A sparkling wine and full-bodied white round out the predominantly red portfolio, but a rosato is noticeably absent because as Leonardo explains, he doesn’t like rosé. Although it needed more time to resolve its tannins, the Montecucco Sangiovese Riserva 2010 was balanced and elegant with tart cherry, spice and wood. His Sormonno, a blend of 75% Sangiovese and 25% Cabernet Sauvignon, displayed power and structure along with minerality and spice and was fondly dubbed a “Super Cucco” by fellow journalist, Dave Eckert.
Campo Nuovi: Breathing New Life into New Lands
I first met Daniele Rosellini when I visited Chianti Classico in 2011; the agronomist had been instrumental in the Chianti Classico 2000 research in which the best grape varieties, clones and rootstocks were identified as part of Chianti Classico’s commitment to improving quality. During this time, Daniele and his wife, Nadia Riguccini, wished to craft their own wines, but they needed to stay outside the Chianti Classico territory to avoid a conflict of interest with his job.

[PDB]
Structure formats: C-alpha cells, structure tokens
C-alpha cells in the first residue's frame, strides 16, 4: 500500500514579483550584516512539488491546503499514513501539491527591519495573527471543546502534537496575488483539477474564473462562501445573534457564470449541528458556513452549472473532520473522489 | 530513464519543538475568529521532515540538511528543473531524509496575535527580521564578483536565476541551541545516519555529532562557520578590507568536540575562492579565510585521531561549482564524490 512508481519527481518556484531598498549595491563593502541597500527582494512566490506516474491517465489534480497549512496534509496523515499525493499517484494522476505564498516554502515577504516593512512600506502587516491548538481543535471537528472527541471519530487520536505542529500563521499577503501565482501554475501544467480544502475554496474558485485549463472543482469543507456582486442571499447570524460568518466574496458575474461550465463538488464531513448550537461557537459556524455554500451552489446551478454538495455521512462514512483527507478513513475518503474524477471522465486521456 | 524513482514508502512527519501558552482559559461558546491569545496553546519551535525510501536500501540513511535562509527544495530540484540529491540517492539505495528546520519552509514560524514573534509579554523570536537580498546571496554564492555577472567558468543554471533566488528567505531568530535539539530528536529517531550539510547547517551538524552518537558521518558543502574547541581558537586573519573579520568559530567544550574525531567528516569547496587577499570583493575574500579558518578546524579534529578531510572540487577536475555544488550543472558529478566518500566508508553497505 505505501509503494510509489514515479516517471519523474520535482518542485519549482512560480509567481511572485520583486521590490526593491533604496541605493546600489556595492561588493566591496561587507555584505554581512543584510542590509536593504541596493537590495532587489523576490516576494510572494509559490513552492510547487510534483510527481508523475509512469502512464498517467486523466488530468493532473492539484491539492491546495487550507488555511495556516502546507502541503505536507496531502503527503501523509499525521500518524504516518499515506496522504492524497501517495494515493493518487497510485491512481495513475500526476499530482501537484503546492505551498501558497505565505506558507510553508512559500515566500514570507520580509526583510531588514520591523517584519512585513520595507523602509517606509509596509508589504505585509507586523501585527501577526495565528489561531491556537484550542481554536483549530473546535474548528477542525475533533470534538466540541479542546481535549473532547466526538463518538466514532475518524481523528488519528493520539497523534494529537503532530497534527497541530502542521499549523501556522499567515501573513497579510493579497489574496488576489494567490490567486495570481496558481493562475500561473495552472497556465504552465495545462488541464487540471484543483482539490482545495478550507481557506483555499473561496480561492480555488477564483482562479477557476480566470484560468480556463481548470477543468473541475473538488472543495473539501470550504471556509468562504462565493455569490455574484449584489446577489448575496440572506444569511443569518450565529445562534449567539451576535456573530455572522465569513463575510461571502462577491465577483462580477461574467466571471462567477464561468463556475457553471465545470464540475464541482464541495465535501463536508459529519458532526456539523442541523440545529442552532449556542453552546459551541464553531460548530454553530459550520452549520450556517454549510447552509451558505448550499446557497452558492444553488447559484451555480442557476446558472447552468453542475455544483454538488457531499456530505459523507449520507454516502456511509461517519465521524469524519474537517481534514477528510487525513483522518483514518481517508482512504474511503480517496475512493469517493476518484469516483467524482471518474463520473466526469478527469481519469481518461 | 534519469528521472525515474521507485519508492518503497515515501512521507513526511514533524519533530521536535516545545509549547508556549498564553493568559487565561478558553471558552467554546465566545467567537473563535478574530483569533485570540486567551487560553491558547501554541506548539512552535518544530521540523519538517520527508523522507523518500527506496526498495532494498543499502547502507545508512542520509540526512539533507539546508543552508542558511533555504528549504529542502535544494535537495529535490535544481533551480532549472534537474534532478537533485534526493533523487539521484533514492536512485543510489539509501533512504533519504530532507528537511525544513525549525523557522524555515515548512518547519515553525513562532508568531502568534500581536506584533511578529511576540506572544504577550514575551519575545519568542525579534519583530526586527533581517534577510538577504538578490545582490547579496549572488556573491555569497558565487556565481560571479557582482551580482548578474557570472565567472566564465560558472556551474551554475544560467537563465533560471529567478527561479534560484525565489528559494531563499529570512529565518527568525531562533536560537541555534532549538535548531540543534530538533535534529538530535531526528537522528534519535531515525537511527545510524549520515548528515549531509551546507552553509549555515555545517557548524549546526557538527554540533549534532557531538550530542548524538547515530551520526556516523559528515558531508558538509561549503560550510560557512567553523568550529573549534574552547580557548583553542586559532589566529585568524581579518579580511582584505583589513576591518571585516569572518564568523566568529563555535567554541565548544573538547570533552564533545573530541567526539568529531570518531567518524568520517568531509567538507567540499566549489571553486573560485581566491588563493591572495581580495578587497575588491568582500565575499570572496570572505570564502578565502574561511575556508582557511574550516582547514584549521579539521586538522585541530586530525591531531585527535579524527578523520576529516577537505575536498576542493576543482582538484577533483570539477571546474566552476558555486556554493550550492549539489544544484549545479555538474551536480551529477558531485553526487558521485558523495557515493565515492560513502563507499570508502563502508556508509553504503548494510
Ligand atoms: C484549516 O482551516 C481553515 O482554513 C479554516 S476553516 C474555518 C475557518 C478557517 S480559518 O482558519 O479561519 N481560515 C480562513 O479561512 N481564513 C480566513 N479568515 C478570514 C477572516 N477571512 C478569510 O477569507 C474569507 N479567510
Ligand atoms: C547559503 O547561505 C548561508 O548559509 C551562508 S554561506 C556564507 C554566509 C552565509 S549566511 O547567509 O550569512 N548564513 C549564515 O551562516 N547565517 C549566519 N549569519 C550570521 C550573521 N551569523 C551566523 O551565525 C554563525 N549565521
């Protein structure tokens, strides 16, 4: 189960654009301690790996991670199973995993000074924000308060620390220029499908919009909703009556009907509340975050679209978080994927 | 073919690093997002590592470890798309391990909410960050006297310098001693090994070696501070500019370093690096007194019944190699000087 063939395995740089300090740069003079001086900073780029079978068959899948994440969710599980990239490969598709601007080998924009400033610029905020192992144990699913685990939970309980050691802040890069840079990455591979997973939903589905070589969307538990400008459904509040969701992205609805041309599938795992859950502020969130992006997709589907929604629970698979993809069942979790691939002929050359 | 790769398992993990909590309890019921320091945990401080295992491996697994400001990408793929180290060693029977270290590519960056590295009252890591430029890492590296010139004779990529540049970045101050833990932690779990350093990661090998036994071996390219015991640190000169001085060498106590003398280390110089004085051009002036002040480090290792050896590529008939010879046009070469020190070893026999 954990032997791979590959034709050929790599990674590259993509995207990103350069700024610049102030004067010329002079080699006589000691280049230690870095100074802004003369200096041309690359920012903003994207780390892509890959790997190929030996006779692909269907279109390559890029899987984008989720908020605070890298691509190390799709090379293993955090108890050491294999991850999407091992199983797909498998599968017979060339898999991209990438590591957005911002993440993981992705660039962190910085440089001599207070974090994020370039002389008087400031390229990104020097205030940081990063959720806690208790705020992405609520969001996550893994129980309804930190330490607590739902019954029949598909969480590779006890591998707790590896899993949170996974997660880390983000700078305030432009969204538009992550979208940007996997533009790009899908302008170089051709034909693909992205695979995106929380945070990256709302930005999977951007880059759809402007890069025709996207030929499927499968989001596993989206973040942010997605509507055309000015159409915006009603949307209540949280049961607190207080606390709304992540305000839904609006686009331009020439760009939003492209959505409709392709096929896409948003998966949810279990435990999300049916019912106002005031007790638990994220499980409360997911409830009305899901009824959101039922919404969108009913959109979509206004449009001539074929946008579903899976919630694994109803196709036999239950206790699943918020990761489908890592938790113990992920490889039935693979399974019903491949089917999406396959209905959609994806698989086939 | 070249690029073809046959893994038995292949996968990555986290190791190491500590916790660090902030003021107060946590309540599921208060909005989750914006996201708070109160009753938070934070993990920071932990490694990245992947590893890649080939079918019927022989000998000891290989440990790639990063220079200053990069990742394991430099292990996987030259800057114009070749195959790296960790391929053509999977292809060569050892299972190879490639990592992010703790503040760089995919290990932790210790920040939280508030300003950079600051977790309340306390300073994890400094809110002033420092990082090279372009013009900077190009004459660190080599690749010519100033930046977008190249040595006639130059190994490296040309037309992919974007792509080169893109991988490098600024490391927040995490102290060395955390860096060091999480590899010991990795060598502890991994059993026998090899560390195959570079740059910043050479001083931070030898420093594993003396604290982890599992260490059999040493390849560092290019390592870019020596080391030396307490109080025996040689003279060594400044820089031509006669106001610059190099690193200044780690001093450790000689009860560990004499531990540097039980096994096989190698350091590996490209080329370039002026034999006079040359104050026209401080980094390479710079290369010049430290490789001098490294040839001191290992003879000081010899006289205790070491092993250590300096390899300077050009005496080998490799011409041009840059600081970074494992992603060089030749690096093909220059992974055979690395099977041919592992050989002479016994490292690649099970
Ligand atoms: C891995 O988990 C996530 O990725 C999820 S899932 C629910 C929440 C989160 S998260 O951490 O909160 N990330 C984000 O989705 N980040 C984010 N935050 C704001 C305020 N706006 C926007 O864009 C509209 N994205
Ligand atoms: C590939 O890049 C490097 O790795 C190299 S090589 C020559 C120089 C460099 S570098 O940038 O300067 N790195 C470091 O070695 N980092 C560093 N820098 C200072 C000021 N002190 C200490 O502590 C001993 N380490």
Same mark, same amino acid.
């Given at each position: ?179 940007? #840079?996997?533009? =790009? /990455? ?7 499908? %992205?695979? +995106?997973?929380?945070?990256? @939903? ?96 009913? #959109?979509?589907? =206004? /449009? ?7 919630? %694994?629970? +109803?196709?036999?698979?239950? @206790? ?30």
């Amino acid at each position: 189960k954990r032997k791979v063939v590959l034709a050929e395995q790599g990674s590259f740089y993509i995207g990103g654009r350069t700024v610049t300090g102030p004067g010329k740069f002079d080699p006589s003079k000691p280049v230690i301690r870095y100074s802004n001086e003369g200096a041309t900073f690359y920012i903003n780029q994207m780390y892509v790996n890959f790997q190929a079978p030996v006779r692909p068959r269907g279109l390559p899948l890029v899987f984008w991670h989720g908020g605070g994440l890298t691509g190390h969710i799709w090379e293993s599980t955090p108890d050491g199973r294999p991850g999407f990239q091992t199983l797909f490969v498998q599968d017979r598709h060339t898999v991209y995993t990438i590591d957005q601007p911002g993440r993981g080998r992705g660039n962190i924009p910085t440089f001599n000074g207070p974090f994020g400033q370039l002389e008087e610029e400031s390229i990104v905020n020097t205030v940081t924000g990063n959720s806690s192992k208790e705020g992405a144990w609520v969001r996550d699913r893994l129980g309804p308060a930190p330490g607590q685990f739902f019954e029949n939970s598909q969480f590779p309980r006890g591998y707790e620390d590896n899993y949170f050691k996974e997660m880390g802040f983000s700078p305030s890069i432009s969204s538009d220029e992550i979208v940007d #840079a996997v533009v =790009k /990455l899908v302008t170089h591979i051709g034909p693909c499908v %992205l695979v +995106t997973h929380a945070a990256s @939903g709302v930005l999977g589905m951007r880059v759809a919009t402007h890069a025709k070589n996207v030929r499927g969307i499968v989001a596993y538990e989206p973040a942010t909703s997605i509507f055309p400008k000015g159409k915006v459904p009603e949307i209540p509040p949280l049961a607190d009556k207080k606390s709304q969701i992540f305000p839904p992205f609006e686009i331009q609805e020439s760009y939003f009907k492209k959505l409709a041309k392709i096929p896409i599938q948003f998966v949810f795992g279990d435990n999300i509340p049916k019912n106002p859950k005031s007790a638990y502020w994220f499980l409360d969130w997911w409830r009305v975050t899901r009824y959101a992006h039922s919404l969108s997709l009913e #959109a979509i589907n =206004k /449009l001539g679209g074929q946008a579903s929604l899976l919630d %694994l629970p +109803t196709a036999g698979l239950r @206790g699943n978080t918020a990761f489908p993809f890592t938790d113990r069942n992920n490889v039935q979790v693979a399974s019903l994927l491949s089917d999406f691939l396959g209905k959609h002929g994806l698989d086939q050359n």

After much consideration, they purchased property within the budding Montecucco denomination in 2000 with the goal of creating their own venture. Their land was previously referred to in historic documents as “Campi Nuovi” (New Fields), a name they kept as they thought is fitting to begin their “new life.” Today, their property is Certified organic and they are also practicing biodynamics. I didn’t have the opportunity to visit his estate during this trip, but it was a lovely surprise and pleasure to become reacquainted with him and to taste his wonderful wine. His Montecucco Rosso 2012 was powerful, concentrated and full of intense, dark red fruit, with slight notes of spice and vanilla.
In Montecucco, Sangiovese speaks loudly and proudly; those tasting these wines will be rewarded with beautifully balanced, well-made wines. But, it is the voices of the people I met that linger with me still.